SINGAPORE — The contempt of court hearing against Li Shengwu, Prime Minister Lee Hsien Loong’s nephew, over a Facebook post in 2017 was heard on Thursday (2 June), with Li absent from the courtroom.
The Attorney-General’s Chambers (AGC) argued in front of Justice Kannan Ramesh that Li, an assistant professor of economics at Harvard, ought to be fined $15,000 over his Facebook post, which the AGC said was guilty of scandalising contempt. Li is the eldest son of PM Lee’s younger brother, Lee Hsien Yang.
Justice Ramesh reserved judgement at the end of the hearing and will give the verdict at a later date.
The AGC argued on Thursday that the fine it was seeking took into account the “nature and gravity of Mr Li’s contemptuous allegation, the widespread republication of his statement, and his clear lack of remorse and reprehensible conduct in these proceedings”.
It added that a substantial fine was necessary to deter Li and like-minded offenders from “making similar baseless allegations impugning the independence of the Singapore Judiciary”.
In July 2017, Li, 34, allegedly stated in a Facebook post that Singapore had a "pliant court system" and that the Singapore Government was "very litigious”, prompting the AGC to take him to court over possible contempt of court. The comments were made in relation to an ongoing family feud between PM Lee and his siblings over the late first Prime Minister Lee Kuan Yew's house at 38 Oxley Road.
Li then applied to set aside the court order that granted the AGC permission to serve papers on him in the US, but had his application dismissed by the High Court in March 2018. Li appealed against the decision in the Court of Appeal, but this too was dismissed on 1 April last year.
On 22 January this year, Li posted on his Facebook that he would no longer participate in contempt of court proceedings against him, saying that he would not “dignify the AGC's conduct by my participation”. He also discharged his lawyer Abraham Vergis.
On Thursday’s hearing, Li was absent, and had no lawyer present for the proceedings.
Representing AGC, Deputy Chief Counsel Low Siew Ling argued that Li’s post posed a “real risk” of undermining public confidence in the administration of justice. She also stated that Li’s attack on the judiciary was unfounded.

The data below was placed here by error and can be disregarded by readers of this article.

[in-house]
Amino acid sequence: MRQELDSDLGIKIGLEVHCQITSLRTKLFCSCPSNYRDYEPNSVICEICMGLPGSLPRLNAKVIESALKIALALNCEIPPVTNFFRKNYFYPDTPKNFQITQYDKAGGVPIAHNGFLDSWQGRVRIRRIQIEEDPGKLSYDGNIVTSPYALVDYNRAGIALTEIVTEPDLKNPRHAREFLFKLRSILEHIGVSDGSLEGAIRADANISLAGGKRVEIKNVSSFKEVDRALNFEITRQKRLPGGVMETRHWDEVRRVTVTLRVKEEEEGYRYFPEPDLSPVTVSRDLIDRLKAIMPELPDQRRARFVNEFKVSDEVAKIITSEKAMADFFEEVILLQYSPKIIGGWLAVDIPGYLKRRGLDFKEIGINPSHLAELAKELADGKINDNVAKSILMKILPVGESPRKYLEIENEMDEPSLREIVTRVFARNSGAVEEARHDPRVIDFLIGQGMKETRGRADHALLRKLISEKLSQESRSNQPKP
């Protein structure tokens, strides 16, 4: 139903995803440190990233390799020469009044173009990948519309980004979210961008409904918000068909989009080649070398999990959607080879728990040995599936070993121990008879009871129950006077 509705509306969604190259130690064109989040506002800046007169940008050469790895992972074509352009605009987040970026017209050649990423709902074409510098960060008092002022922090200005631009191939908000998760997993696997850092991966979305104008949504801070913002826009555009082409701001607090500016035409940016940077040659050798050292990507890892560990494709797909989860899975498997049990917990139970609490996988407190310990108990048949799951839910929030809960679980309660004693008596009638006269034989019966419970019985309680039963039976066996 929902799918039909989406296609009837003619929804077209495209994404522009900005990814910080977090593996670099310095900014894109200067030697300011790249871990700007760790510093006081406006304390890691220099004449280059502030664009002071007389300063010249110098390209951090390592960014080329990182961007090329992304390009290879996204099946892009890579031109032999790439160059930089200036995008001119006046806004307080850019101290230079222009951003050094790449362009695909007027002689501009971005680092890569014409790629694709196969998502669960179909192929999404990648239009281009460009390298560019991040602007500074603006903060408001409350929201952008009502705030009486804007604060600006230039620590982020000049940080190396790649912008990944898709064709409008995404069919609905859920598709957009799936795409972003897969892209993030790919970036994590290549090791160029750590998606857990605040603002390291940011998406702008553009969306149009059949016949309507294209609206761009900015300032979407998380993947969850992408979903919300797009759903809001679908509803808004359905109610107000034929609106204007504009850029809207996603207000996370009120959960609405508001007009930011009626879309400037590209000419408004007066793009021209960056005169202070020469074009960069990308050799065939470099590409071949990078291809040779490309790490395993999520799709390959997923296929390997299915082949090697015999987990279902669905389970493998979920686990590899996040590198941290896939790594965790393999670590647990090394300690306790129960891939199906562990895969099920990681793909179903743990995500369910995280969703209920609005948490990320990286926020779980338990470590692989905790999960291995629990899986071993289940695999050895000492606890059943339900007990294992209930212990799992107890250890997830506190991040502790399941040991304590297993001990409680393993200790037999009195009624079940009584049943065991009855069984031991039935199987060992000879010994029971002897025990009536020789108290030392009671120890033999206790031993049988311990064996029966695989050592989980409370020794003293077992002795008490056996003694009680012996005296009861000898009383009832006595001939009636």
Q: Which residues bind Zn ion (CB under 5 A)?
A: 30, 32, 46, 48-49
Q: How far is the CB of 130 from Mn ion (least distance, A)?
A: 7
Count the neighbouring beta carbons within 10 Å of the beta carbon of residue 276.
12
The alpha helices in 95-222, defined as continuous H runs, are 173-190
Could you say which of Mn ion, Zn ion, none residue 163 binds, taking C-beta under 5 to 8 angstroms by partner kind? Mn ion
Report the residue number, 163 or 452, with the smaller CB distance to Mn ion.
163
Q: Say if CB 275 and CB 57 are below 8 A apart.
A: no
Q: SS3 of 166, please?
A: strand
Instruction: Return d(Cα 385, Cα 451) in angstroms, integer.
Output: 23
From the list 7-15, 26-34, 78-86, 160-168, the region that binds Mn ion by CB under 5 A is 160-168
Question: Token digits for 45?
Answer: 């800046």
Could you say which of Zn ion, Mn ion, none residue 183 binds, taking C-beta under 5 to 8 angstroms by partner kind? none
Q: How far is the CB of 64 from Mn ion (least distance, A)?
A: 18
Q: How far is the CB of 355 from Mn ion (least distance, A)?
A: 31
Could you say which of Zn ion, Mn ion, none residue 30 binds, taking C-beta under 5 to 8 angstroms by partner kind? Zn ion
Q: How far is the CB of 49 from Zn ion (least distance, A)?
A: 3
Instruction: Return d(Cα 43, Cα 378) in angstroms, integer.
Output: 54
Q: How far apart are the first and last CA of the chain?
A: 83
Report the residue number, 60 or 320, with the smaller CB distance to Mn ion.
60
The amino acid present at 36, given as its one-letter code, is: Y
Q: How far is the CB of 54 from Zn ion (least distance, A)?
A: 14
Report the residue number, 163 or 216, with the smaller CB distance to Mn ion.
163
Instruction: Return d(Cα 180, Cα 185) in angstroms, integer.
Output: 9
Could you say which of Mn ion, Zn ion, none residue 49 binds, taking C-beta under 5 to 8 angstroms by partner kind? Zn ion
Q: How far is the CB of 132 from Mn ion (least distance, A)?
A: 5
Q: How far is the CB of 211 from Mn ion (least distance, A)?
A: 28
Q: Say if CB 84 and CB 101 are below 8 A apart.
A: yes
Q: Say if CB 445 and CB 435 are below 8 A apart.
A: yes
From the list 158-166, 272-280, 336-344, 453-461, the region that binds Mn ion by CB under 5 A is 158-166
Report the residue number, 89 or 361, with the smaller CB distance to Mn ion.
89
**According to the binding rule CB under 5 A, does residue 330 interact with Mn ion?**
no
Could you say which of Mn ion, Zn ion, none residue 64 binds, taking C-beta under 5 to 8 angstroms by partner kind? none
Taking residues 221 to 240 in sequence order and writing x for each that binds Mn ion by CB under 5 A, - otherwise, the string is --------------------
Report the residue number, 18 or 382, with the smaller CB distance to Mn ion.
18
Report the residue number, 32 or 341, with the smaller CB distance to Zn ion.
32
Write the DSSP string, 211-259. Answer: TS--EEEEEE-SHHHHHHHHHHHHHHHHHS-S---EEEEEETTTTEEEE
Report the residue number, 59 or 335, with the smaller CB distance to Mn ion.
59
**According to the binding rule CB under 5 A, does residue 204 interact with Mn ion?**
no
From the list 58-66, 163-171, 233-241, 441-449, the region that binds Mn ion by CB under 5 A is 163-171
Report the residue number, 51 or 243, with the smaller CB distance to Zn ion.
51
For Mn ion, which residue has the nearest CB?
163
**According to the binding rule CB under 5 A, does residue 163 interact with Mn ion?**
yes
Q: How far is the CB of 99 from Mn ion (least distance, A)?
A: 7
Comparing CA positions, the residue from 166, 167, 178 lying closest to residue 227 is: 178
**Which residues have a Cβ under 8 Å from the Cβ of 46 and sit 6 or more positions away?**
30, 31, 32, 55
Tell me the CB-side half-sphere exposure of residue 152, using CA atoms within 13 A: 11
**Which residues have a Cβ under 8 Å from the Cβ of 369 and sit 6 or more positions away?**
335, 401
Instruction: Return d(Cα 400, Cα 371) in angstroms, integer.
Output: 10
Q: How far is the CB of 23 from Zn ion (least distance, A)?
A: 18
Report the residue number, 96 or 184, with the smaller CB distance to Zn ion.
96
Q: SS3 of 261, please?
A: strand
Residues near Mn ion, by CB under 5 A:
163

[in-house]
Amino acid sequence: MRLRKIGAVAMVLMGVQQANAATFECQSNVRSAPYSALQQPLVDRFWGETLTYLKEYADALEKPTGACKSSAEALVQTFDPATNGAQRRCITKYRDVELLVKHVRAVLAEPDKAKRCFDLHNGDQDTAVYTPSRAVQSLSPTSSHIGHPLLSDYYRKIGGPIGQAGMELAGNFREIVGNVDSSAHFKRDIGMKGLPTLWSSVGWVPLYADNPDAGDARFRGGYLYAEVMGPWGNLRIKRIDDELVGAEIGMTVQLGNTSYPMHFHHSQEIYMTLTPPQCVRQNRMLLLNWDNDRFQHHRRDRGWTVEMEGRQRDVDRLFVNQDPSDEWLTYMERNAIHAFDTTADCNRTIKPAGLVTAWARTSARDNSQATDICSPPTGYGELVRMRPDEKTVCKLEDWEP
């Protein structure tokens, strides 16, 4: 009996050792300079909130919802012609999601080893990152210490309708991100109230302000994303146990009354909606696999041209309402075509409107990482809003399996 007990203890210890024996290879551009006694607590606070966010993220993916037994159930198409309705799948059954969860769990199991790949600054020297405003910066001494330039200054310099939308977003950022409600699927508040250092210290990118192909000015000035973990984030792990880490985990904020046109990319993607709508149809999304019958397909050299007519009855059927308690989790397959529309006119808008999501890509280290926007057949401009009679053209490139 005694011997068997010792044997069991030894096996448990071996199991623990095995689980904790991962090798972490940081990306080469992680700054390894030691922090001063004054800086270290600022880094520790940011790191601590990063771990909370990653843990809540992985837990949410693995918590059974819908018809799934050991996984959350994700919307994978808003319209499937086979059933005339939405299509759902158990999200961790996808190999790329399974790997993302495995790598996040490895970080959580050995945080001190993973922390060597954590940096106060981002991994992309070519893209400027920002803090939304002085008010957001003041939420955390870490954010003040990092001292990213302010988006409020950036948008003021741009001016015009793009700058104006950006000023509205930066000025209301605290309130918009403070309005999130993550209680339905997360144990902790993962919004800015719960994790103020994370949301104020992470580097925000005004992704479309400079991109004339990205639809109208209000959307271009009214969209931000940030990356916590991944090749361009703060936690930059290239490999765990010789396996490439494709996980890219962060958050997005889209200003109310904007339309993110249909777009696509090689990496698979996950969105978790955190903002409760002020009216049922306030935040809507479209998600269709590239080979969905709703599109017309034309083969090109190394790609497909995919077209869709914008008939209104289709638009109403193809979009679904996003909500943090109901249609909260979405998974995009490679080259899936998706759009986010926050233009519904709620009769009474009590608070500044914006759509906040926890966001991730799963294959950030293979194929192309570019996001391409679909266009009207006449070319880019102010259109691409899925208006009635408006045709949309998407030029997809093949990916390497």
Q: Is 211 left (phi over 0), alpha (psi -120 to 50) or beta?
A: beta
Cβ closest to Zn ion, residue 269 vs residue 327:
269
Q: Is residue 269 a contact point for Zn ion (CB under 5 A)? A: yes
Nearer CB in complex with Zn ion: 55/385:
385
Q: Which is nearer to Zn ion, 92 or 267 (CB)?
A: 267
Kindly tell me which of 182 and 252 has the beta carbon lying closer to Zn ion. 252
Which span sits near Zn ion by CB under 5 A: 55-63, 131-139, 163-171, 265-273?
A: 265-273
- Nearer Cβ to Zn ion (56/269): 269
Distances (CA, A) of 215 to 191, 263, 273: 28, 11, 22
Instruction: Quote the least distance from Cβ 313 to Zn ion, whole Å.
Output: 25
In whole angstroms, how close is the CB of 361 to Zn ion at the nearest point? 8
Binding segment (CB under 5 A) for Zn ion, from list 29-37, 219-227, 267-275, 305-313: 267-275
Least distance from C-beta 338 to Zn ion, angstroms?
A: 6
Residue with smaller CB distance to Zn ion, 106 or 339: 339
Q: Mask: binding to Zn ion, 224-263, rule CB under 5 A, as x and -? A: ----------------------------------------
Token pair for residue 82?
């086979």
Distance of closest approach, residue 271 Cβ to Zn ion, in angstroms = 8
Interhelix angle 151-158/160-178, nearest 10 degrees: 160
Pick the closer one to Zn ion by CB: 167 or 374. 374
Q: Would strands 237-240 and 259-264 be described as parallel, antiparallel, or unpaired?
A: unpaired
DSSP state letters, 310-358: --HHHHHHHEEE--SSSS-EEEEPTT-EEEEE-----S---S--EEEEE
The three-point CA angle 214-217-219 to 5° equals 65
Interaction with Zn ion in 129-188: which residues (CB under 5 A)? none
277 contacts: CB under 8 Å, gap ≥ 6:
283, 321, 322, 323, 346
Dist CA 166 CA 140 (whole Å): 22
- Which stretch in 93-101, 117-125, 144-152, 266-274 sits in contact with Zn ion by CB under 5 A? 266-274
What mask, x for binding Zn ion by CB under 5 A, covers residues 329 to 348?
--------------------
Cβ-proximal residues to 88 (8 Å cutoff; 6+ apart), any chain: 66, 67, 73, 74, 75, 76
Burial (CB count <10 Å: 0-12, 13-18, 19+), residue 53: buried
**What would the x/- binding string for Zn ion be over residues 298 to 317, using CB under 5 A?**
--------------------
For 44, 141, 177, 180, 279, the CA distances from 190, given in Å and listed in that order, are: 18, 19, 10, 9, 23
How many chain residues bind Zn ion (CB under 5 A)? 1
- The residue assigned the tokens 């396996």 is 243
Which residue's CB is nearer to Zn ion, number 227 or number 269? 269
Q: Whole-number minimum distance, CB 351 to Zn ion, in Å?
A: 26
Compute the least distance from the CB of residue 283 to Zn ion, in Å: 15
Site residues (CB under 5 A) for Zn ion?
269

Li’s post was published directly to his Facebook friends, which comprised a substantial number of people in Singapore, including members of the media, said Low.
Li could have foreseen that his post would make it to the public domain given that he was the grandson of Lee Kuan Yew, and held himself out to the public as being qualified to comment on Singapore’s politics and media on account of his connection to the Lee family, said Low.
His claims about the government and the judiciary would hence have attracted widespread public and media interest, said the AGC.
Response by Li
In response to the hearing, Li said the case has taken three years and thousands of pages of legal documents.
“The whole course of events reflects poorly on the government and its priorities,” Li said.
Li also noted that the AGC applied to conceal parts of his defence affidavit, with the result that they were not available to the court on 2 July, and cannot be found in the public record. “This behaviour by the AGC is one reason why I decided not to participate in the proceedings against me,” Li said.
Separately, Li quoted a comment by Law Minister K Shanmugam in parliament in August 2016, “...I cannot see how putting up a Facebook post poses a real risk of prejudicing proceedings unless you are the Prime Minister with a million followers and everybody reads what you say”.
“Maybe if there were more opposition MPs, the minister would speak more carefully,” Li said.
Yahoo News Singapore has reached out to Li for comment.
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